European Parliament elections in May 2019 come at a critical time in the evolution of the EU: these will be the first elections after the anticipated departure of the UK and at a time when divergence on many issues characterise member state relations. Wider global developments weigh heavily on Europe with the return of hard geopolitics and efforts to undermine the global multilateral order.
The EUI wants to highlight the issues that are at the heart of the political agenda at this juncture. A number of ‘EP Elections Policy Papers’ were produced on all of the major issues and will be presented and discussed at a workshop on 19 March in Brussels.
Economy and the Single Market
A fair single market for EU prosperity
By Jacques Pelkmans
This paper explains why the single market is so important, why it is not always recognisable as many distinct names are employed, why and how ‘fairness’ has become a major issue in terms of legitimacy and to what extent the EU can do something about it. Principal policy options are suggested for the near future.
EU trade policy: challenges and opportunities
By Bernard Hoekman and Laura Puccio
As the world’s largest trading power, the EU should ramp up efforts to revitalize the WTO and deepen trade cooperation with like-minded countries to discipline the use of globally welfare-reducing trade and investment policies. Further improving transparency and monitoring the implementation of trade policy is also needed.
This paper focuses on three legacies of the euro crisis that still need to be properly addressed in order to prevent new crises, gain resilience and grow: the Euro area divide legacy, the debt legacy and the fiscal time-inconsistency legacy.
Carbon pricing, decarbonisation and digitalisation: the future of and the challenges to the EU climate & energy policy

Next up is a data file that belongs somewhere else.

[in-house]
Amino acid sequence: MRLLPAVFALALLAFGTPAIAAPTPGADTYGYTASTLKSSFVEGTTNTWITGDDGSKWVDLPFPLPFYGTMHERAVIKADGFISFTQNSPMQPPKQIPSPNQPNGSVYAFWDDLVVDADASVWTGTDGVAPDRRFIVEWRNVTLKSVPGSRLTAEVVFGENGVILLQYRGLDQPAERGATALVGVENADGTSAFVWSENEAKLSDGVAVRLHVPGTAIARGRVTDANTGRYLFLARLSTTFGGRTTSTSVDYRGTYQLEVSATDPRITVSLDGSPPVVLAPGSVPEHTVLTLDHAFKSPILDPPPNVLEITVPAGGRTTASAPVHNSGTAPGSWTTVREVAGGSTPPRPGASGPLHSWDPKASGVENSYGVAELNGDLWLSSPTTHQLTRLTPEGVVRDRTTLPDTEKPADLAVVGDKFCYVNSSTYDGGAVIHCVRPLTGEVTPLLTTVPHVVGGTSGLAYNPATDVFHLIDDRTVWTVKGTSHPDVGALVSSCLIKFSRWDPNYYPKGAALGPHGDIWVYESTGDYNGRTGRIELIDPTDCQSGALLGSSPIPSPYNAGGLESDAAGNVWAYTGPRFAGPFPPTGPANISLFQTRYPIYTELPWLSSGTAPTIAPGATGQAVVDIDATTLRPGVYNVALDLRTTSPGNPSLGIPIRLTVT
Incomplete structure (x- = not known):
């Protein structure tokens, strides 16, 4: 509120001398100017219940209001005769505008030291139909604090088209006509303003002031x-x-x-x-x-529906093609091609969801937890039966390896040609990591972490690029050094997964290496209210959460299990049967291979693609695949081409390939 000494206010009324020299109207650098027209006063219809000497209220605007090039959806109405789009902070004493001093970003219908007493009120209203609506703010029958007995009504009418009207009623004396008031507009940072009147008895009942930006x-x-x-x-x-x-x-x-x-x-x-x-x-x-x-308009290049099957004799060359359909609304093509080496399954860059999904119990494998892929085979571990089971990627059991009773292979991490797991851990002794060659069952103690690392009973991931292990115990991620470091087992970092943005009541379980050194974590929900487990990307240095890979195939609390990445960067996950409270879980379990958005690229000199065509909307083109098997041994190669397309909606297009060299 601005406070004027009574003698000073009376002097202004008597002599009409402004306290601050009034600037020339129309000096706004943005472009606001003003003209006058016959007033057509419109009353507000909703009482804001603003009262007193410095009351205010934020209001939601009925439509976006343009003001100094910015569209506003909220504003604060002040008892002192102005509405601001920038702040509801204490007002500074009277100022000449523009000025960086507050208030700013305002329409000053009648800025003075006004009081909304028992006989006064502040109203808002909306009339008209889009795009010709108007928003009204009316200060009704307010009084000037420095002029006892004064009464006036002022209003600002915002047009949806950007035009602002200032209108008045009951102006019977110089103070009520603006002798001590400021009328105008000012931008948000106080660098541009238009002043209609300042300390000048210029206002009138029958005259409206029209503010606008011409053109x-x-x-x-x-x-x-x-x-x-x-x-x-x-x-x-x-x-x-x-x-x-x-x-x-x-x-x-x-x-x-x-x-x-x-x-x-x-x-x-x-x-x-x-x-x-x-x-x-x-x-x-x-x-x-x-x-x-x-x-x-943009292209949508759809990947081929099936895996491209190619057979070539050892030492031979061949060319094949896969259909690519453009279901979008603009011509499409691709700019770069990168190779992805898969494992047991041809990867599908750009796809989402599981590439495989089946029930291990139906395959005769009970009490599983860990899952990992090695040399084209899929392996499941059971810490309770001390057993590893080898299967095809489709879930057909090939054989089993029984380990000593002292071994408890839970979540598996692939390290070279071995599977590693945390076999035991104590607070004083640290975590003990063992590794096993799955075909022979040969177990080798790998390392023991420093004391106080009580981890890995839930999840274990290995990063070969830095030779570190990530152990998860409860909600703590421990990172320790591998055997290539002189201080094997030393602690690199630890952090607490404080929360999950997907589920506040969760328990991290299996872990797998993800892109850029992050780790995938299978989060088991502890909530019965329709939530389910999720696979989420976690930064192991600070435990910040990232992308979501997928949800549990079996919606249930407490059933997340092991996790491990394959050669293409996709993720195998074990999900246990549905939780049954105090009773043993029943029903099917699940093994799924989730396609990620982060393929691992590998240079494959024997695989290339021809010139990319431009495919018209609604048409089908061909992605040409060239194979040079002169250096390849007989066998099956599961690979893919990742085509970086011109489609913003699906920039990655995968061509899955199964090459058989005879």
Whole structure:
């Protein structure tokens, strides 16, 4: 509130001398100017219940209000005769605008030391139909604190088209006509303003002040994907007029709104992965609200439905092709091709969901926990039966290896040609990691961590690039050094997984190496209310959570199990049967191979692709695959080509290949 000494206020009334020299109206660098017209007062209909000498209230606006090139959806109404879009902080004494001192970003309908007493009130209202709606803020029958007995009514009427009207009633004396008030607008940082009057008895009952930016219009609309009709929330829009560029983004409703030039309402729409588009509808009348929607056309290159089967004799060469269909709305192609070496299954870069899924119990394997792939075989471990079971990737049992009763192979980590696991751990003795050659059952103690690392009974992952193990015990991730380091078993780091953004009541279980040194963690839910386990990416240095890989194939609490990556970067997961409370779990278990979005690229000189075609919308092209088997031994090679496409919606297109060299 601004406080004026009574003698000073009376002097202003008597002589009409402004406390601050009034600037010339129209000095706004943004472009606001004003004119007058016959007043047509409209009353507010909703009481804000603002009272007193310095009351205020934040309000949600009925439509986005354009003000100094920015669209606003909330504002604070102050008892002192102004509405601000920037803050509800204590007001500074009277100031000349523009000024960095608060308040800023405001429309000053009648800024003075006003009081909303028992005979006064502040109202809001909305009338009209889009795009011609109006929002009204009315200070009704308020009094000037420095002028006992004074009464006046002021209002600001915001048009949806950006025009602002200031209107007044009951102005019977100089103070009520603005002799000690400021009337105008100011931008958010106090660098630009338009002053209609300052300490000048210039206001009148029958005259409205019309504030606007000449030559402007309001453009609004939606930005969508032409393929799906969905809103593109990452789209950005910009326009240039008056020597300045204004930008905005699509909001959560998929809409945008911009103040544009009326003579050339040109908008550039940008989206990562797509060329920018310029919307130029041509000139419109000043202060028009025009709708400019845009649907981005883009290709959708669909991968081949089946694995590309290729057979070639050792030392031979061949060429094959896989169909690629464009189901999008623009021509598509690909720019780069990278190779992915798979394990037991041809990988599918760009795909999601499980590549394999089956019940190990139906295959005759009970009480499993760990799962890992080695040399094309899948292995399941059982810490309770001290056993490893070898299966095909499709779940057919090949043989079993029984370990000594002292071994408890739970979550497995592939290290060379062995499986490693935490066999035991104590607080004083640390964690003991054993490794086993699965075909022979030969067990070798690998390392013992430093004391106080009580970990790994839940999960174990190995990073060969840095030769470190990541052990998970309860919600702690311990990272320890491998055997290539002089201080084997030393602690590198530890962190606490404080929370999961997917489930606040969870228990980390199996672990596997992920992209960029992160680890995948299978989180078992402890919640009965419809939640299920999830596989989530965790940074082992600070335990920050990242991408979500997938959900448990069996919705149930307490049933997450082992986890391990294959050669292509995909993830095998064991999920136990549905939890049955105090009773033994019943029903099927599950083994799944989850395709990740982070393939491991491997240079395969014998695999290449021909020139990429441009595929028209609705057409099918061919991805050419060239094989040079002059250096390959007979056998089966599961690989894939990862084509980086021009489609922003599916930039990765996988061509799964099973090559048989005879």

By Simone Borghesi and Jean-Michel Glachant
Carbon pricing is of crucial importance for decarbonisation and provides a solid economic framework for unifying the EU climate and energy policy strategy. The EU ETS is the main instrument for this purpose as it leads to a unique carbon price all over Europe but a set of additional ‘fragmented’ policies are also needed for decarbonisation.
Security, Schengen, Africa
This paper looks ahead and presents two directions in which to develop the field of EU internal security. First, the EU may focus on strengthening fundamental rights and civil liberties within policies driven by a security rationale. Second, it may go in the opposite direction by improving the law enforcement toolbox and getting tougher on irregular migrants, criminals and terrorist suspects.
Is Schengen really in crisis? The paper examines this question in the light of the main policy and legal developments related to the Schengen system that have occurred during the last three years: the reintroduction of internal border checks on persons, the establishment of a common European Border and Coast Guard and the increasing use of border fences at the common external borders.